Learn which fish to eat (a chart or app can help), buy organic food and food in non-plastic containers when possible, and check for Triclosan and phthalates in the ingredient list on personal-care products. Phthalates often are lumped under the term “fragrance,” so choose products that are truly fragrance-free, and know that products called “unscented” sometimes contain masking fragrances.

And remember — you might need a sharp eye to find these chemicals. Smith said that his wife once bought him a pair of socks, and only later did he notice a tiny tag that said “Microban” on it. Yep, Triclosan was impregnated into the fabric to reduce odors; underwear sometimes is treated with it, too. “What kind of world are we building that you don’t have to wash your underwear?” he asked.

I don’t know, but I’m hoping that’s one he doesn’t decide to test.

An area resident since 1997, Donna C. is a DC outsider. When she’s not running her writing and Web business, she’s running around the city, exploring the great outdoors, or trying to figure out how best to go green. See why she loves DC.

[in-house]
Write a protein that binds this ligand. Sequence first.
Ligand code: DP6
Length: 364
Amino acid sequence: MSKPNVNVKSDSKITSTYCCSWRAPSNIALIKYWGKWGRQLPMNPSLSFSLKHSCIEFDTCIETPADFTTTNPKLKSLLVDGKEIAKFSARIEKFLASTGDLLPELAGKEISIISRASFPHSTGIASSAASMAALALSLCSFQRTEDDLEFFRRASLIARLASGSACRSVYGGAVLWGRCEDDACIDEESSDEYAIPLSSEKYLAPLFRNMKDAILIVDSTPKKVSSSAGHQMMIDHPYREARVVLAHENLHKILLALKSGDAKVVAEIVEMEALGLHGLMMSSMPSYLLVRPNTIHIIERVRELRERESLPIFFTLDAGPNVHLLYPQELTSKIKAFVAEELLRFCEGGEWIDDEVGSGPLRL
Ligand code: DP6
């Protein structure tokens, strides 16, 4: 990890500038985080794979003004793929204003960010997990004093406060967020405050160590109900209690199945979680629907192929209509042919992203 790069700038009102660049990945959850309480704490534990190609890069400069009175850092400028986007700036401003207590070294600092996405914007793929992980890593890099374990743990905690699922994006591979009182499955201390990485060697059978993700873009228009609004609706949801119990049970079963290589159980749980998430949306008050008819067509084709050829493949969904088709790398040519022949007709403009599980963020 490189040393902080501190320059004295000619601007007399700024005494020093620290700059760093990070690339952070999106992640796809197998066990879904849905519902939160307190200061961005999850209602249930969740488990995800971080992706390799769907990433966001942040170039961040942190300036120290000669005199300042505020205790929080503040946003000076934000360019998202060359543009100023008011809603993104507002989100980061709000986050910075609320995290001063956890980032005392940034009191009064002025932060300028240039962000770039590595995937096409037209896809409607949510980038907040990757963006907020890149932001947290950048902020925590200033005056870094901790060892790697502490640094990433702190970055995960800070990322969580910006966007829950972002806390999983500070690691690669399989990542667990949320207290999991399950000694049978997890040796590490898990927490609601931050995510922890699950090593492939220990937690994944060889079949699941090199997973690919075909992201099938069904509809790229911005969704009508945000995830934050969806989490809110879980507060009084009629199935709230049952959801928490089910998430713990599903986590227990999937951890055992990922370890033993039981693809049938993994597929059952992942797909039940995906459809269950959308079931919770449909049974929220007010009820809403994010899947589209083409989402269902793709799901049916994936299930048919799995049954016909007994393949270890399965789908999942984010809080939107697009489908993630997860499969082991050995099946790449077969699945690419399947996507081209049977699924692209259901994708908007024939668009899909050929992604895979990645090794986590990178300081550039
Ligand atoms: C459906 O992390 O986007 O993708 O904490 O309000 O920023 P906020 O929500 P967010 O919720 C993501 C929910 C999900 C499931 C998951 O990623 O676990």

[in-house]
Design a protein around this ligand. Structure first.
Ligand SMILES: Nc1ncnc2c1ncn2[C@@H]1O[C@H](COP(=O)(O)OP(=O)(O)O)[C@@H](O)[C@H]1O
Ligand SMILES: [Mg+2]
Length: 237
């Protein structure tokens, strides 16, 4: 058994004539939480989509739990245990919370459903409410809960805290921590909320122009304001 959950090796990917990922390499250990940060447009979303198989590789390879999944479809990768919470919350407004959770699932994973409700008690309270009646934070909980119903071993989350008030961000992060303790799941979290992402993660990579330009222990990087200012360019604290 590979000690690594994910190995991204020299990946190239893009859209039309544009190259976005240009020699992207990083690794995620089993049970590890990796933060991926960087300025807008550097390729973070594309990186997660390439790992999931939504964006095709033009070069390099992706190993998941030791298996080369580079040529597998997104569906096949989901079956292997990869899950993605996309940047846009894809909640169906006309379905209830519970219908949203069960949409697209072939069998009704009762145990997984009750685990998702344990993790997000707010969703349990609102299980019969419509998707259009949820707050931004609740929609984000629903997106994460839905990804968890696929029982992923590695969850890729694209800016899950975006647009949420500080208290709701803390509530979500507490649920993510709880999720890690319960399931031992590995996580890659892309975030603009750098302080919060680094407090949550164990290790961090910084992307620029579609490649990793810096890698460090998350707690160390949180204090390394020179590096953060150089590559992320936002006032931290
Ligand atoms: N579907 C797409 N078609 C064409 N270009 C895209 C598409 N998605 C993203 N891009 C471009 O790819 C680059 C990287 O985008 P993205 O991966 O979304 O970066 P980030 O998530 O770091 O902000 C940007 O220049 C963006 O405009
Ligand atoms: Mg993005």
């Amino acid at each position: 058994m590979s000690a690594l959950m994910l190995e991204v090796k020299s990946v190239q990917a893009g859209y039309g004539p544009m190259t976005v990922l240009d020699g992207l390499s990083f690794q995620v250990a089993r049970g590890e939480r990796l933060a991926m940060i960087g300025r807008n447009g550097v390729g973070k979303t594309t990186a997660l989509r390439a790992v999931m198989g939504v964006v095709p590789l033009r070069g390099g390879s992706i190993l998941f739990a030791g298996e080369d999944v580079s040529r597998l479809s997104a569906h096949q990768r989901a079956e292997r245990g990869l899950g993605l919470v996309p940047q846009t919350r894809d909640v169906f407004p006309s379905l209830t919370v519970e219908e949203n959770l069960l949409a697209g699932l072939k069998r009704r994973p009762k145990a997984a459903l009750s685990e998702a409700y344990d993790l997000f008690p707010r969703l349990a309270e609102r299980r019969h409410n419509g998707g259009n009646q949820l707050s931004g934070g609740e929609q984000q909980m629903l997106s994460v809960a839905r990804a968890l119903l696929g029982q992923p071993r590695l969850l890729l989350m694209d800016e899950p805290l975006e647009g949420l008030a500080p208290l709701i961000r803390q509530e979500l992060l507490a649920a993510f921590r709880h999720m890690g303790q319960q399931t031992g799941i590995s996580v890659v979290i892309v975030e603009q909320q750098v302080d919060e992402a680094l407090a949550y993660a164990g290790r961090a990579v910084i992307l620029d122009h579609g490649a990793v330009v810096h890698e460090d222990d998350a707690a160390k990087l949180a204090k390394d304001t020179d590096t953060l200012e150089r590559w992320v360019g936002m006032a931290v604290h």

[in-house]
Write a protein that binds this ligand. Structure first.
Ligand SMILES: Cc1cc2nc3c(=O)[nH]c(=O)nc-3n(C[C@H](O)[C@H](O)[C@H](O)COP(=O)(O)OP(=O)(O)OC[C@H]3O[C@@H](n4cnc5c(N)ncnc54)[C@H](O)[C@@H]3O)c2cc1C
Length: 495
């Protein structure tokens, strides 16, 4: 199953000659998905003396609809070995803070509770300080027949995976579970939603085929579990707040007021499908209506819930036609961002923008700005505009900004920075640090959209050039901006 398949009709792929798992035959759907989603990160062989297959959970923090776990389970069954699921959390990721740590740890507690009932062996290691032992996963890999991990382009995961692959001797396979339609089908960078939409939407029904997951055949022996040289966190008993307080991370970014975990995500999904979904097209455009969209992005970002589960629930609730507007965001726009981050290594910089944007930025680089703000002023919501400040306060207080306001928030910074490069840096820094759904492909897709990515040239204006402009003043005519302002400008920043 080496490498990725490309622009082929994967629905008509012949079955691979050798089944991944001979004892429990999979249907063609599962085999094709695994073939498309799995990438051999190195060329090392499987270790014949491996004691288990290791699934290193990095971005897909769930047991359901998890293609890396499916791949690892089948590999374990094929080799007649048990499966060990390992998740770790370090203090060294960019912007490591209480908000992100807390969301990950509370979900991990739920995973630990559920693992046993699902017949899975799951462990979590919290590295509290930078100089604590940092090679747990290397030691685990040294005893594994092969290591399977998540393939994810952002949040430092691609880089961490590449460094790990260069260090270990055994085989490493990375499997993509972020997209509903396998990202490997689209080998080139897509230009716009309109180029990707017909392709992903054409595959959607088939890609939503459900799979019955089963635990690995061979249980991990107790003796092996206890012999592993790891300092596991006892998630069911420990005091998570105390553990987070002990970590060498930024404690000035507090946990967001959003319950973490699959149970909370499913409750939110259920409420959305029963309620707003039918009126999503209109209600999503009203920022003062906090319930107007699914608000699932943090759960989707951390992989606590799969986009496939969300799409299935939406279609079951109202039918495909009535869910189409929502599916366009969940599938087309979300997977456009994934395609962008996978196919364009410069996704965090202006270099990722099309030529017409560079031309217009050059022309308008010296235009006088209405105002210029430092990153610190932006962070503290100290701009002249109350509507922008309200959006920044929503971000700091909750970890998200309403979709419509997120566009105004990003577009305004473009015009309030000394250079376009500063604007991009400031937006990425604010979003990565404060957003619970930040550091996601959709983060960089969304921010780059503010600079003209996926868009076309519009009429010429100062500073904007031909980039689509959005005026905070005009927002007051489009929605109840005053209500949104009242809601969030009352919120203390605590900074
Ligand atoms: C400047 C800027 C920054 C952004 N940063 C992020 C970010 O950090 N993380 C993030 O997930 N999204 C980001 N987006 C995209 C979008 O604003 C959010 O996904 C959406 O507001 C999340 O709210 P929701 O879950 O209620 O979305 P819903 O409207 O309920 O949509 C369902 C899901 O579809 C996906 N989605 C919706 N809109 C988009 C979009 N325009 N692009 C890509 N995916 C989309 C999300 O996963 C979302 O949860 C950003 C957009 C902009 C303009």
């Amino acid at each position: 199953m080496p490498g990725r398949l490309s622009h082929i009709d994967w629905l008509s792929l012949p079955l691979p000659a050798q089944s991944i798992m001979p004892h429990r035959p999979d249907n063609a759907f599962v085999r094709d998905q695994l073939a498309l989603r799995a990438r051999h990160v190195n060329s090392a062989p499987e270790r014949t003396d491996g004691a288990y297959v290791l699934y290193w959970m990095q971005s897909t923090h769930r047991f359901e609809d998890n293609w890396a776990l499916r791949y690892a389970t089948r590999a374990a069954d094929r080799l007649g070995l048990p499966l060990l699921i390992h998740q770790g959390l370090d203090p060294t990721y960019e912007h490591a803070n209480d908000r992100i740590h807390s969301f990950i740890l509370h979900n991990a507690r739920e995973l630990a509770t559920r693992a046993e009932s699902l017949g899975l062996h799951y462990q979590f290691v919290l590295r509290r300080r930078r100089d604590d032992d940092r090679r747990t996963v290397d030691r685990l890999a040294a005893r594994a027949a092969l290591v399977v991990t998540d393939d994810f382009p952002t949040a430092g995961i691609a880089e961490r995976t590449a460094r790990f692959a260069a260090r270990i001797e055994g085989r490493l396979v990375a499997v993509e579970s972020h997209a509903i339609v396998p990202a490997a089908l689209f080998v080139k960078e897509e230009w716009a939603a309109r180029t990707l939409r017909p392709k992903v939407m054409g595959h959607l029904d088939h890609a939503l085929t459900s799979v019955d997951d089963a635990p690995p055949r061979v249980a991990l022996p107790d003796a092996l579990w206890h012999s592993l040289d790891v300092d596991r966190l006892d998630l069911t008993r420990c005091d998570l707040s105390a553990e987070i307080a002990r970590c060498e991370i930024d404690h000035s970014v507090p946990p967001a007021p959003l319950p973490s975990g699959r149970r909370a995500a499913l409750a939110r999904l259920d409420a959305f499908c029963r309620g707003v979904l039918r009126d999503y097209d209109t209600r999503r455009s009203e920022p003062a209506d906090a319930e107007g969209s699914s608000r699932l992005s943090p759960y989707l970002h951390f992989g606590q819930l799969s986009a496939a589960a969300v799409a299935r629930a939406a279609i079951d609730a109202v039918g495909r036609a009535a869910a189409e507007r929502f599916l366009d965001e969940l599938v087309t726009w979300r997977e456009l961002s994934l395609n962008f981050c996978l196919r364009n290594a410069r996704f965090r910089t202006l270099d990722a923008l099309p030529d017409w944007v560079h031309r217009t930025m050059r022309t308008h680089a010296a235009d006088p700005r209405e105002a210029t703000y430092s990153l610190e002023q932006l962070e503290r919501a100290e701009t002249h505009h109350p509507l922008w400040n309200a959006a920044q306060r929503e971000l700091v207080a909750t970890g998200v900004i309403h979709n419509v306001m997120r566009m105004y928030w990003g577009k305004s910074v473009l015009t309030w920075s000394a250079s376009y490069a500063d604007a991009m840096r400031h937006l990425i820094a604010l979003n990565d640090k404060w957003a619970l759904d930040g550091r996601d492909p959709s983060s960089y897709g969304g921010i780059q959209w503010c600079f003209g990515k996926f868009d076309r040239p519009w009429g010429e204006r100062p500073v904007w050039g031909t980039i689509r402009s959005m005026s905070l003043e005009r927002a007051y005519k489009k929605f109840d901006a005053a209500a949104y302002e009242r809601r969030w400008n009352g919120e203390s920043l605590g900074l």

5 thoughts on “Getting Polluted: These Guys Wrote the Book

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  2. Another related issue my agency is studying along with other local agencies: Triclosan is not removed entirely in wastewater treatment processes. This means that when people use hand soaps containing this ingredient, those small amounts of it find their way to our streams and rivers, and it then combines there with other compounds to form benzene type compounds, which are known endocrine disruptors. These endocrine disruptors are partly involved in the inter-sex fish problem you mention in the Potomac. So the Triclosan is not just creating momentum toward superbugs, but is another contributor to harmful effects on our stream aquatic life.

  3. Great point, Jan – and thanks for sharing it!

    With modern plumbing, it’s way too easy to forget that what goes down the drain goes into the river. What really drove that concept home for me was touring Arlington’s wastewater treatment plant last year – So now in addition to questioning if I want to use a chemical for myself, I question if I want to feed it to the fish. Great example? Drano.